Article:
At the University of Waterloo, TA's play an important role in encouraging academic integrity in the classroom, and identifying suspected academic misconduct. It is important for you to know what to do if you suspect academic misconduct, what constitutes an academic offense and tips to avoid them, as well as resources and contact information.
Instructors and TAs can download the following information in following PDF: Academic Integrity for TA's .
What do I do if I suspect academic misconduct?
A TA who has reason to believe an academic offence has been committed is required to report the matter to the instructor of the course AND the relevant undergraduate or graduate Associate Dean of the Faculty. The Associate Dean will investigate, if warranted, and render a decision appropriate to the severity of the case. For more information, review Academic Misconduct.
Academic Offences and Tips to Avoid Them
For a comprehensive list, review Policy 71.
Unauthorized collaboration: “Co-operation or collaboration in the completion of an academic assignment, in whole or in part, beyond what the instructor has indicated is acceptable.”
For example, students working together on an individual assignment or someone else (e.g., a tutor, family member or friend etc.) re-writing or altering an assignment.
Students might engage in unauthorized collaboration because they are unclear about the level of group work permissible for an assignment or because they are struggling with the content/assignment. To avoid instances of unauthorized collaboration:
- Be explicit, both verbally and in writing, about whether collaboration is allowed for each assignment, and if so, the extent to which it is allowed
- Understand the instructor’s expectations for collaboration on each assessment so you can answer student questions and identify issues when marking
- Encourage students to complete an Assignment Checklist for Group Submissions
- Refer students to resources and best practices for working in groups (e.g., discuss citation expectations, create a schedule, keep track of what each group member is contributing etc.)
Plagiarism: “Presenting, whether intentionally or not, the ideas, expression of ideas or work of others (whether attributed or anonymous) as one’s own in any work submitted whether or not for grading purposes.”
For example, using someone else’s work, data, research, etc., in part or in whole, without proper acknowledgement (e.g., citations and a reference list), or re-submitting work without permission or acknowledgement.
A student might unintentionally plagiarize because they are not aware they need to cite or they might forget to include one or multiple citations. A student might intentionally plagiarize because they have left something until the last minute or they are struggling to understand the course content/complete the assignment. To avoid instances of plagiarism:
- Ensure all of your teaching materials properly acknowledge sources (including course notes, PPTs, tables, charts etc.) so that you lead by example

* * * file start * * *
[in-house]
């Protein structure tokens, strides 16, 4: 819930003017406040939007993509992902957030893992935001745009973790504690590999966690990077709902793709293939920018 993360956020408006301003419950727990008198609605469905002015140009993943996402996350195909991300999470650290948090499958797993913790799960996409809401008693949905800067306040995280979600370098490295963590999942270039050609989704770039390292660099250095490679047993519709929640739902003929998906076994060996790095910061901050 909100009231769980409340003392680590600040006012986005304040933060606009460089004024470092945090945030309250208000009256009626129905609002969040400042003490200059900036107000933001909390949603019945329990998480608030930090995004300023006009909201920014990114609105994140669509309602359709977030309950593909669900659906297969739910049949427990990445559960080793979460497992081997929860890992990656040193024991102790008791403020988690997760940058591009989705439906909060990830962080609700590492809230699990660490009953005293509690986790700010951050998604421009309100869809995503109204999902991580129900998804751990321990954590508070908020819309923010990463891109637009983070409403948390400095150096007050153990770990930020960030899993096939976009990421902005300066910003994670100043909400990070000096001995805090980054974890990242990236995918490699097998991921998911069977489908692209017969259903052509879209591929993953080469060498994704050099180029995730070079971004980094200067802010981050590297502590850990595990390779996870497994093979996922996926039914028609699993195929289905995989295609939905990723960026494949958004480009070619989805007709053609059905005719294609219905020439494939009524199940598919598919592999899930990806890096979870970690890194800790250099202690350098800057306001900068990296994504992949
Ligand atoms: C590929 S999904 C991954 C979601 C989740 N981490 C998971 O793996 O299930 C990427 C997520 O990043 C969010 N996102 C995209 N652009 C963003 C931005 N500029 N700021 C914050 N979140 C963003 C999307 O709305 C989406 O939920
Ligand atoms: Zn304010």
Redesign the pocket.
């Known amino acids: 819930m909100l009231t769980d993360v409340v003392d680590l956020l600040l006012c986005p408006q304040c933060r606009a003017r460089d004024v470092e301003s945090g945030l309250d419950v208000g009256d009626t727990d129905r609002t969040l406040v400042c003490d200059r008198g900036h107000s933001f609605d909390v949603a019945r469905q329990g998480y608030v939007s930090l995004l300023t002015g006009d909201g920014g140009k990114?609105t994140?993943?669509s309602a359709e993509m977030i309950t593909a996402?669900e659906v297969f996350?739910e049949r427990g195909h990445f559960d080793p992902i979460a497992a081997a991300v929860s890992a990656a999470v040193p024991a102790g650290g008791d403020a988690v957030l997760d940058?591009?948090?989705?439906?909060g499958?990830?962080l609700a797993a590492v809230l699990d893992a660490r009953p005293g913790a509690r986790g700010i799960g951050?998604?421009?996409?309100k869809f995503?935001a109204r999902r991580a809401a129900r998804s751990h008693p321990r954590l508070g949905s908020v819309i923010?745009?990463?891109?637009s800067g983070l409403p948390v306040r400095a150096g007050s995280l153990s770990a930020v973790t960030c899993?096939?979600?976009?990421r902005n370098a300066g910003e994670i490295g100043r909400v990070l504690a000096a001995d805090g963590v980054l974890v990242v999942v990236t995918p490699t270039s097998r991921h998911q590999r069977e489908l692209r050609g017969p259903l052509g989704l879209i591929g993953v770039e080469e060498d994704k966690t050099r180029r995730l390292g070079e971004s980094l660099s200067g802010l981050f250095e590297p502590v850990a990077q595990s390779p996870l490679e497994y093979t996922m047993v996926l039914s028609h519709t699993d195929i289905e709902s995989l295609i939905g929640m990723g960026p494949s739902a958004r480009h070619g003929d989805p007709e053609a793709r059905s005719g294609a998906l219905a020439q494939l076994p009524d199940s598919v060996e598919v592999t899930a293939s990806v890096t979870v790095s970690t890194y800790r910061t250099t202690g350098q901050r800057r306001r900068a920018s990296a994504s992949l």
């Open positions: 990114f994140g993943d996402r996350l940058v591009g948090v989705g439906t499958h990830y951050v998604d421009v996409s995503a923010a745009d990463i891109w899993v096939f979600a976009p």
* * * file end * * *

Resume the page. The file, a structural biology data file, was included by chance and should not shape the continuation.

- Be explicit about citation expectations for each assessment
- Show students in class how to credit academic sources, and not assume they already know how
- Refer students to additional campus resources for support
Cheating: “Trying to gain/give an improper advantage in an academic evaluation.”
For example, the use or intent to use an unauthorized aid or accessing exams/solutions without permission.
A student might cheat if they are stressed out, are feeling unprepared to take a test or are struggling with the course content. To avoid instances of cheating:
- Encourage students to talk to you in advance of the deadline if they are struggling with the course content or are feeling overwhelmed
- Refer students to stress and time management resources on campus
- Encourage students to use the Assignment Planner, which breaks down research and writing projects into manageable steps based on due dates
- Review tips in the CTE Resource Supporting Students’ Mental Wellbeing: Instructional Strategies
- Double seat students during midterms and exams, and practice diligent proctoring
Intellectual Property Copyright (IP) Violations: “The possession or use of another person’s intellectual property without that person's permission or knowledge.”
For example posting course materials online without permission, or using UW course materials in a third-party setting without permission.
A student might commit an IP Copyright violation for money, to help other students or for access to course notes in note-sharing platforms. They also may simply be not be aware of the University’s guidelines on posting materials online or using them in a third party-setting or Policy 73 Intellectual Property Rights.
- Inform the instructor of any IP copyright violations (e.g., materials in an online note-sharing platform)
- Be explicit with students when material is not to be shared with others or online
Resources and Contact Information
If you have questions about academic integrity in a course, ask the instructor.
- Academic advice and tutoring
- Group work
- IP and Copyright
- Referencing and research skills
- Stress and time management
- Turnitin and iThenticate
- Academic misconduct
- Policy 71 and other integrity-related policies
E-mail the Office of Academic Integrity: